Well, if we need great legal minds, there are plenty of them. But if we are hungry, we can’t eat the Constitution. We will always need good thinkers to nourish creative solutions. We should be grateful this Thanksgiving season that we will always have committed judges to solve tough problems, find the right balance, and lead us every day.•

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Judge David J. Dreyer has been a judge for the Marion Superior Court since 1997. He is a graduate of the University of Notre Dame and Notre Dame Law School. He is a former board member of the Indiana Judges Association. The opinions expressed are those of the author.

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  • Cynical much?
    "You cannot eat the constitution" sounds like a cynical perspective toward the rule of law. In other words, in a national emergency the rule of law goes out the window, so that some strong man like FDR, Tito or Obama can rule with an iron fist, albeit allegedly benevolent? Is that the upshot here? If so, please consider those who fear such cynicism could cost us everything ... PROF JONATHAN TURLEY: Thank you, Mr. Chairman (Congressional hearing). The danger is quite severe. The problem with what the president is doing is that he's not simply posing a danger to the constitutional system. He's becoming the very danger the Constitution was designed to avoid. That is the concentration of power in every single branch. This Newtonian orbit that the three branches exist in is a delicate one but it is designed to prevent this type of concentration. There is two trends going on which should be of equal concern to all members of Congress. One is that we have had the radical expansion of presidential powers under both President Bush and President Obama. We have what many once called an imperial presidency model of largely unchecked authority. And with that trend we also have the continued rise of this fourth branch. We have agencies that are quite large that issue regulations. The Supreme Court said recently that agencies could actually define their own or interpret their own jurisdiction. (House hearing, December 3, 2013)

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  1. Your article is a good intro the recent amendments to Fed.R.Civ.P. For a much longer - though not necessarily better -- summary, counsel might want to read THE CHIEF UMPIRE IS CHANGING THE STRIKE ZONE, which I co-authored and which was just published in the January issue of THE VERDICT (the monthly publication of the Indiana Trial Lawyers Association).

  2. Thank you, John Smith, for pointing out a needed correction. The article has been revised.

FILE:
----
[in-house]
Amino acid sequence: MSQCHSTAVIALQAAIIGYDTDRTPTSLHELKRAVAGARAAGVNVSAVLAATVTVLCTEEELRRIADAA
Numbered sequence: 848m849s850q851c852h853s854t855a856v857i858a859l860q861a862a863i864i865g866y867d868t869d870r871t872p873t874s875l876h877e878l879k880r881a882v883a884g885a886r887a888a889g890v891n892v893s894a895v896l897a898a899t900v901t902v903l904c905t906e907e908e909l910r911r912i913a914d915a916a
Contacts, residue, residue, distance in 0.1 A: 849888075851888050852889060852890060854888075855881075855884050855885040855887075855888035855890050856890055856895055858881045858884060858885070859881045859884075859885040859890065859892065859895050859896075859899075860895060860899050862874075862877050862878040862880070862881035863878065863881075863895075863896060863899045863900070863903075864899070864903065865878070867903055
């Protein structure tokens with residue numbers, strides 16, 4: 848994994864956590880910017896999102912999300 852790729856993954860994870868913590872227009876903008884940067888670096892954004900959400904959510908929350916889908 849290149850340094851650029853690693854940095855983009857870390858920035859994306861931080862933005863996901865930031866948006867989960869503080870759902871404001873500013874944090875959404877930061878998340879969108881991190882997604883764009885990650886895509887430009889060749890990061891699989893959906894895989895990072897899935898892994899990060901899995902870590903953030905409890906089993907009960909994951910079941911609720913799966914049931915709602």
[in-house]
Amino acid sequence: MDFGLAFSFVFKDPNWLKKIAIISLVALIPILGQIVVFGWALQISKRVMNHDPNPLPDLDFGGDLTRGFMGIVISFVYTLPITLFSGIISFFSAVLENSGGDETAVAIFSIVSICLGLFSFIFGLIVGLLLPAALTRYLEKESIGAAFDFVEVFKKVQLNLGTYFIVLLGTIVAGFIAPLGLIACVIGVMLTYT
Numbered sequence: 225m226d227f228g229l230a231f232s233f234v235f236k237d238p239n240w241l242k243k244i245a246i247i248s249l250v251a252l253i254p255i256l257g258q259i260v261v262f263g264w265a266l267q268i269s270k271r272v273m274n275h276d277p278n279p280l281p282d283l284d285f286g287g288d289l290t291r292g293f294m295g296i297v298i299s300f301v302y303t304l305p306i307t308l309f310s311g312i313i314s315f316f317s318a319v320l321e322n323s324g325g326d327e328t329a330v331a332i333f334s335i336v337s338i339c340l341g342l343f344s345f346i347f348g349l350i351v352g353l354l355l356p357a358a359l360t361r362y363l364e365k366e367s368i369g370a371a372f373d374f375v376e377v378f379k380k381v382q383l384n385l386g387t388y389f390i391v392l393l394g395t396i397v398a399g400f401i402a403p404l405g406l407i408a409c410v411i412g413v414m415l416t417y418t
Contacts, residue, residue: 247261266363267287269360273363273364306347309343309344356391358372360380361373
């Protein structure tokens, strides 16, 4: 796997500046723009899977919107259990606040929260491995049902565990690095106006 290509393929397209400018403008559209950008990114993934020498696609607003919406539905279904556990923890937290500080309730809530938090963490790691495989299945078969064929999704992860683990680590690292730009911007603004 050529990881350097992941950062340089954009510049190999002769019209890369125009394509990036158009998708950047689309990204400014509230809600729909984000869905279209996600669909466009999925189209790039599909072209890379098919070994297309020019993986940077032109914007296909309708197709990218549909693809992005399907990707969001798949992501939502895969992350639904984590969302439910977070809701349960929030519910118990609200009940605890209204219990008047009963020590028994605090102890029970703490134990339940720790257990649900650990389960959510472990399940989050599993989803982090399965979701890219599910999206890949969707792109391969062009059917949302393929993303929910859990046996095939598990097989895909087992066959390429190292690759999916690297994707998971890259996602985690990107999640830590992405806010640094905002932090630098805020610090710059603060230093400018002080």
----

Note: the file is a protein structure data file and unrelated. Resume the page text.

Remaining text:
3. The "National institute for Justice" is an agency for the Dept of Justice. That is not the law firm you are talking about in this article. The "institute for justice" is a public interest law firm. http://ij.org/ thanks for interesting article however

  4. I would like to try to find a lawyer as soon possible I've had my money stolen off of my bank card driver pressed charges and I try to get the information they need it and a Social Security board is just give me a hold up a run around for no reason and now it think it might be too late cuz its been over a year I believe and I can't get the right information they need because they keep giving me the runaroundwhat should I do about that

  5. It is wonderful that Indiana DOC is making some truly admirable and positive changes. People with serious mental illness, intellectual disability or developmental disability will benefit from these changes. It will be much better if people can get some help and resources that promote their health and growth than if they suffer alone. If people experience positive growth or healing of their health issues, they may be less likely to do the things that caused them to come to prison in the first place. This will be of benefit for everyone. I am also so happy that Indiana DOC added correctional personnel and mental health staffing. These are tough issues to work with. There should be adequate staffing in prisons so correctional officers and other staff are able to do the kind of work they really want to do-helping people grow and change-rather than just trying to manage chaos. Correctional officers and other staff deserve this. It would be great to see increased mental health services and services for people with intellectual or developmental disabilities in the community so that fewer people will have to receive help and support in prisons. Community services would like be less expensive, inherently less demeaning and just a whole lot better for everyone.